As a child, Julien Gignac looked forward to visiting his family on the Six Nations of the Grand River reserve, an hour outside of his hometown of London, Ont. One of the highlights of those visits was sitting on his great-grandmother’s porch and listening to her stories. Themes of interconnectedness, respect for the natural world and the importance of giving back ran through her narratives, laying the foundation for Julien’s work as a journalist, which has recently brought him to The Narwhal as our new Yukon reporter — a position funded through the federal government’s Local Journalism Initiative.
“She had this wealth of knowledge,” Julien says of his late great-grandmother, a residential school survivor. “She was my connection to my culture.”
After graduating from Carleton University’s School of Journalism, Julien, who is Mohawk, landed coveted roles at Canada’s top legacy newspapers. He had a year-long Indigenous fellowship at The Globe and Mail before joining the Toronto Star as a breaking news reporter. Then one day he up and left “The Six” for Yukon, where he had never stepped foot before. Here he tells us about his path to The Narwhal and his work as a journalist.
Q: Why did you move to Yukon?
A: I wanted a beat, I wanted to cover politics and a job came up at Yukon News. The paper is really scrappy and has an investigative bent to it — much like The Narwhal — so that was a definite draw. I wanted to get my feet wet and study how the governments work, including First Nations. Yukon First Nations are trailblazers. How they operate is totally different from how First Nations operate in the south. They have far more jurisdiction over their own matters, which is really fascinating to me, and I wanted to learn more about it. I also wanted an adventure. I wanted to be in a new place unlike any I’d been before and get really far out there. Having a little bit more space to think and learn and be close to nature has been great. Now being at The Narwhal, I’m able to focus exclusively on environmental and First Nations issues, which have always lit a fire under me. I’m looking forward to bringing more awareness to issues here that might otherwise not be on people’s radar and having more impact with my stories.
Q: What challenges and opportunities do you have as an Indigenous journalist?
A: Some topics can feel deeply personal, whether I’m covering or reading about them — racism and oppression, for example. It can be a tough slog sometimes. I’ve realized my place in it all, though, and the type of power I have, which, historically, wasn’t there. This translates to more reporting on underrepresented communities, to giving back. Running through it all is a big dose of responsibility and care for the people and places I report on in order to effect what could be positive change. This last bit is the greatest thing about journalism, in my opinion.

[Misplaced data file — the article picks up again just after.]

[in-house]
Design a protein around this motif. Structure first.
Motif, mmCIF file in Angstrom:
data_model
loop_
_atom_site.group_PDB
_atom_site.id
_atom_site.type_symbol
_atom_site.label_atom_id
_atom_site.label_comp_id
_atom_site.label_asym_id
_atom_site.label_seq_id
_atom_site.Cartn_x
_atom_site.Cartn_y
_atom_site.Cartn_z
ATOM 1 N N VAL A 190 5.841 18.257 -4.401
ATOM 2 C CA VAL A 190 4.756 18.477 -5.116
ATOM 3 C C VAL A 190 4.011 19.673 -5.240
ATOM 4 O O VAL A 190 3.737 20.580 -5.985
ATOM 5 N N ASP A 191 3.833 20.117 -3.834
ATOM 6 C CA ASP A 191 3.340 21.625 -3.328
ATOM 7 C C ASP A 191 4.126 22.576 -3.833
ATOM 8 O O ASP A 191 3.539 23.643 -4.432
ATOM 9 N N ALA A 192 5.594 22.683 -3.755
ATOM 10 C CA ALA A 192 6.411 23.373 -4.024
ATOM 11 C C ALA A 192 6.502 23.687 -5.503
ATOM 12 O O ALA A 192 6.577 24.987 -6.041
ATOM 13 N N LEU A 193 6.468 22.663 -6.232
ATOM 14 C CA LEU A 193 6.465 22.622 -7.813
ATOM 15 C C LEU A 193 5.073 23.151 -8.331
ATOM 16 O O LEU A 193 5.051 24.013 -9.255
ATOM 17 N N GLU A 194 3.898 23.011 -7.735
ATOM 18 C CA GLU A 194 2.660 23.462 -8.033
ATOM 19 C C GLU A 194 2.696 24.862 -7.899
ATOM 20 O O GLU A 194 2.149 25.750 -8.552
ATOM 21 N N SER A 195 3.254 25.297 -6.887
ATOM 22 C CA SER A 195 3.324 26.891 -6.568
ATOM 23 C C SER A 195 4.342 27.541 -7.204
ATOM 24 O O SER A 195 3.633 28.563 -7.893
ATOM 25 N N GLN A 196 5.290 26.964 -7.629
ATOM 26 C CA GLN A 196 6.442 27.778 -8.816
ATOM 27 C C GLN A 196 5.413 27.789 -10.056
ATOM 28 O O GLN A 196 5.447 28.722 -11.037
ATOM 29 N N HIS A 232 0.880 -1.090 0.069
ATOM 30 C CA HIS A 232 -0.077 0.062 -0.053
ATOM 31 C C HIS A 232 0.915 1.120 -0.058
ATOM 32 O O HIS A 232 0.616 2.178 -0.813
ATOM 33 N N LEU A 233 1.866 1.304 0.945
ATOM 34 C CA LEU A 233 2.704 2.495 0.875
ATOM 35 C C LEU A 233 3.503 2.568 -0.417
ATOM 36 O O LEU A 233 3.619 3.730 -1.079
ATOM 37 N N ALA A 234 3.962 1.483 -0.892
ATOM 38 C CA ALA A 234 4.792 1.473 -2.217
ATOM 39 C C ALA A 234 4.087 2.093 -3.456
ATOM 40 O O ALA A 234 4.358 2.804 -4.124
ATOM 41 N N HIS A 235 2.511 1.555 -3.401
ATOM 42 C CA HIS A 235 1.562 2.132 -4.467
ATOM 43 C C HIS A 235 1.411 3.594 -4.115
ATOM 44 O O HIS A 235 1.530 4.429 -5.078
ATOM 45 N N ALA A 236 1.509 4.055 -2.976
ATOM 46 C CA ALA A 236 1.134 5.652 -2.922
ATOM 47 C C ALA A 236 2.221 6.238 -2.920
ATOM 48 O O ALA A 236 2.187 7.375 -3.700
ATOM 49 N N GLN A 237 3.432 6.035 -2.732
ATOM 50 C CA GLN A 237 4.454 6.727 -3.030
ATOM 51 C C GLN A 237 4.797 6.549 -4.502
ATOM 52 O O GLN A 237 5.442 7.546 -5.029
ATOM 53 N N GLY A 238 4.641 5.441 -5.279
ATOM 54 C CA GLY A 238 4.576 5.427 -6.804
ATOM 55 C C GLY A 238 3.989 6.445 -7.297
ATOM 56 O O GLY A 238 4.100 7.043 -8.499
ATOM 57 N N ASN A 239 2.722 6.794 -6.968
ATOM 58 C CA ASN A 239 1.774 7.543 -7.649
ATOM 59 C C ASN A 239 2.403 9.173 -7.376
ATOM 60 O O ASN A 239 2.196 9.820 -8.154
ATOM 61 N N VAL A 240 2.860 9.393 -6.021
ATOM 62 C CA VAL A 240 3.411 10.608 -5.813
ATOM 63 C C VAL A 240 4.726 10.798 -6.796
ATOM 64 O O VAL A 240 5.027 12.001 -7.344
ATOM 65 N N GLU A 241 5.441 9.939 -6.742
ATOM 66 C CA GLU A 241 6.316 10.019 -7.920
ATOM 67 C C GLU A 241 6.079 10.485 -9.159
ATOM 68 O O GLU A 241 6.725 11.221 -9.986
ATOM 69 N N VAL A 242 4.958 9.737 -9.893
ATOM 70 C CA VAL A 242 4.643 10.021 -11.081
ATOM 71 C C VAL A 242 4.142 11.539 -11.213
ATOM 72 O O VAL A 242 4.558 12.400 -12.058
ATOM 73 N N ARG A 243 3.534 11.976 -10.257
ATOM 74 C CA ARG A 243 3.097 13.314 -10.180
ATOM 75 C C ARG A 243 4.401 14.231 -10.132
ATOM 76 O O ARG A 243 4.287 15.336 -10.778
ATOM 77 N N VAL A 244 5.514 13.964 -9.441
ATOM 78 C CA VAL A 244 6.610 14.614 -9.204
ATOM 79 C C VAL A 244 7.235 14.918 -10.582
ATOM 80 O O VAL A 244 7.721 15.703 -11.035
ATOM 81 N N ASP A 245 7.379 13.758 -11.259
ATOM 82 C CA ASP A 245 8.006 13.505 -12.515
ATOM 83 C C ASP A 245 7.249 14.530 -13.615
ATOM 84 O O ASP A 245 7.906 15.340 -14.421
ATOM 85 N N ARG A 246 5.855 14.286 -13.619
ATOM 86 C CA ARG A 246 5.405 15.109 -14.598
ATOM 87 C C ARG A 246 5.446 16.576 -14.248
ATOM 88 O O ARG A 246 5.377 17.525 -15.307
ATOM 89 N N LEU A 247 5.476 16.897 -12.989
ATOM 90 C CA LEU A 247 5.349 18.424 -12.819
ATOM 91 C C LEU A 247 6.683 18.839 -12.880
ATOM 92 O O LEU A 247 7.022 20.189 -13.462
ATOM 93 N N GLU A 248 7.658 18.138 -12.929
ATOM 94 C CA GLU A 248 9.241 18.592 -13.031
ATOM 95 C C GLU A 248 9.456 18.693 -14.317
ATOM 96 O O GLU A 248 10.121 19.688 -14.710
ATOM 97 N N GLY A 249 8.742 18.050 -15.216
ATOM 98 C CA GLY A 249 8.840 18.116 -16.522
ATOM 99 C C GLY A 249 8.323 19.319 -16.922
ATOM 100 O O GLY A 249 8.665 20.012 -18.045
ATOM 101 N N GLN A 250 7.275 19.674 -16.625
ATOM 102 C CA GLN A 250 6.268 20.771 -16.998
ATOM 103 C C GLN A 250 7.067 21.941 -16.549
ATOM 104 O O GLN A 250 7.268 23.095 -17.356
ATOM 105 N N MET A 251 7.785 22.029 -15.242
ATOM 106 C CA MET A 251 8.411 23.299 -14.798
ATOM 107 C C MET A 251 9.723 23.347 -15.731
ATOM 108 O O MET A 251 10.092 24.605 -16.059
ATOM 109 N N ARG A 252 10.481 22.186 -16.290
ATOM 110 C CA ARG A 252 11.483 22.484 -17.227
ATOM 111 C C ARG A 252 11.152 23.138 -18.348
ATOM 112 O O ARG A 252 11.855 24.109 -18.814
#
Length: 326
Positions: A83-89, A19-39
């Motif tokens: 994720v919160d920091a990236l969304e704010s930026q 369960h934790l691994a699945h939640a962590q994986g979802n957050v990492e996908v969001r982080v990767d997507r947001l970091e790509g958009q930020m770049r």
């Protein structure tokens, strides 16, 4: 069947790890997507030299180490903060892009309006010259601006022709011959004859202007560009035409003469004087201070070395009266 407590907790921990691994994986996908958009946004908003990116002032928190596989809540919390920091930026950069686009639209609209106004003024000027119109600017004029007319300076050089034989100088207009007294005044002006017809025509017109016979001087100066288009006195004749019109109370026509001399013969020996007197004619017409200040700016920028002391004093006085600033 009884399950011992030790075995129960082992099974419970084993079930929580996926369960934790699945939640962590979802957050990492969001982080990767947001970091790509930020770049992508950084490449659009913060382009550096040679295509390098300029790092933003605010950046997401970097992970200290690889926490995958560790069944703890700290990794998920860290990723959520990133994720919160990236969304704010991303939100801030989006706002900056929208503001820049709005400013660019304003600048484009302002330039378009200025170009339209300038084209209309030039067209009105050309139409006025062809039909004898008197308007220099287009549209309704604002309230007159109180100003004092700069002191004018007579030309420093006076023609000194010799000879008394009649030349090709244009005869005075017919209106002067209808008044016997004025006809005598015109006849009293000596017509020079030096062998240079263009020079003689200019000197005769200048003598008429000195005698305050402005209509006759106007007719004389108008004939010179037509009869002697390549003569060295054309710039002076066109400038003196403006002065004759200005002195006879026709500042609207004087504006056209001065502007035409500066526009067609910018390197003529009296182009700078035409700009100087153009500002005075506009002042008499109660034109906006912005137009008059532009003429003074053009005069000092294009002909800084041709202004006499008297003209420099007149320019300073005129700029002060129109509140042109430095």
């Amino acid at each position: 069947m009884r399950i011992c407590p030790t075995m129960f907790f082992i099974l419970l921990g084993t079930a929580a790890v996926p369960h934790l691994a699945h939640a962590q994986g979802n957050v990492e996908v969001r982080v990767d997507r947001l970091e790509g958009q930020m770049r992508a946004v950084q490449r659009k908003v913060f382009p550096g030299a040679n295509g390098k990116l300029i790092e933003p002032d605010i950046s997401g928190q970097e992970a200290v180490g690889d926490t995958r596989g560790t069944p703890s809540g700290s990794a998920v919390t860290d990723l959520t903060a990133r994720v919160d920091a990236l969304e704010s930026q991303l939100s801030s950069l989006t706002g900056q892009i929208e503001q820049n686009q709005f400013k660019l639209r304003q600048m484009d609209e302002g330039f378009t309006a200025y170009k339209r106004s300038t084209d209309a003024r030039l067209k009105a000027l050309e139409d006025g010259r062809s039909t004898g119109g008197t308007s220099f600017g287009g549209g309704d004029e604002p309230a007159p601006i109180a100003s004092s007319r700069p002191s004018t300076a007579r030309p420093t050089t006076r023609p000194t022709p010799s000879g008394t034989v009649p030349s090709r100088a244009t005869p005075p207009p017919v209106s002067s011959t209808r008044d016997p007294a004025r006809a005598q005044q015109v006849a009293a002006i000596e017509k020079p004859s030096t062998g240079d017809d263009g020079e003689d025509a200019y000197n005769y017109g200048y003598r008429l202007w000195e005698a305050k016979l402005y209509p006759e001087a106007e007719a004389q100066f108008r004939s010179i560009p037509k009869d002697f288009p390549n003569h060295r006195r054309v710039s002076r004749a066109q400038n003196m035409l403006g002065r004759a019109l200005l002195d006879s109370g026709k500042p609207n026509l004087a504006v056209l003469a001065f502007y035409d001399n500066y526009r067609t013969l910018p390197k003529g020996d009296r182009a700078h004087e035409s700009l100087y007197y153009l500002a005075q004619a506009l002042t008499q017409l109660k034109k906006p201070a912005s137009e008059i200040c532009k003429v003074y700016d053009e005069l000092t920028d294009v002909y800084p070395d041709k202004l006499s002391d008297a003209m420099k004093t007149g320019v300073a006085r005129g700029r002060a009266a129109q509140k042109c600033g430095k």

Q: What’s the biggest compliment you’ve received as a journalist?
A: On my last day at Yukon News, Vuntut Gwitchin First Nation Chief Dana Tizya-Tramm said, “Wow, you’re one of the guys I trust out there.” This meant a lot to me, more than he probably knew. I don’t think he was even fully aware of my background. It didn’t matter. Hearing he trusted me to tell stories that affect his community, given the rocky relationship between journalists and First Nations in the past, made me think I must be doing something right. As a Native person, it made me feel like I am contributing in some way despite being so far away from my home.
Q: What’s the toughest story you’ve ever covered?
A: Recently, it was the inquest into the death of Cynthia Blackjack, a 29-year-old First Nations woman. Blackjack had contacted the community health centre in Carmacks, Yukon, several days in a row due to dental pain. The day before she died, she was tentatively diagnosed with alcohol-induced gastritis. She was told to find a ride to the hospital in Whitehorse. When her condition worsened, she was medevaced to hospital but died on the flight due to organ failure. The whole case centred on whether there were systemic failings. The jury deemed it an accident. The people who felt it the most were her family, members of Little Salmon/Carmacks First Nation. It was a tough two weeks — the arguments, reams of paperwork and deadlines, and the emotional toll that was, at times, palpable in the room.
Q: You’re also a photographer. What can photos do that words can’t?
A: Photos can slow everything down. Everything is super-fast nowadays, and people can get a bit swept up in the news cycle. Photos allow you to present an issue in a really concise, accurate and raw way that words can’t. I try to tell a story in one frame. That’s part of the reason I’m happy to be working for The Narwhal, which does long-form, investigative work. Images can really help with features like that. People are drawn to visuals.
Q: What hobbies have you picked up since moving to Yukon?
A: All of the outdoor “hobbies” I had when I lived in the South have now become actual ones — fishing, hiking, ice skating on frozen lakes. I want a canoe. Nature is just so accessible here.
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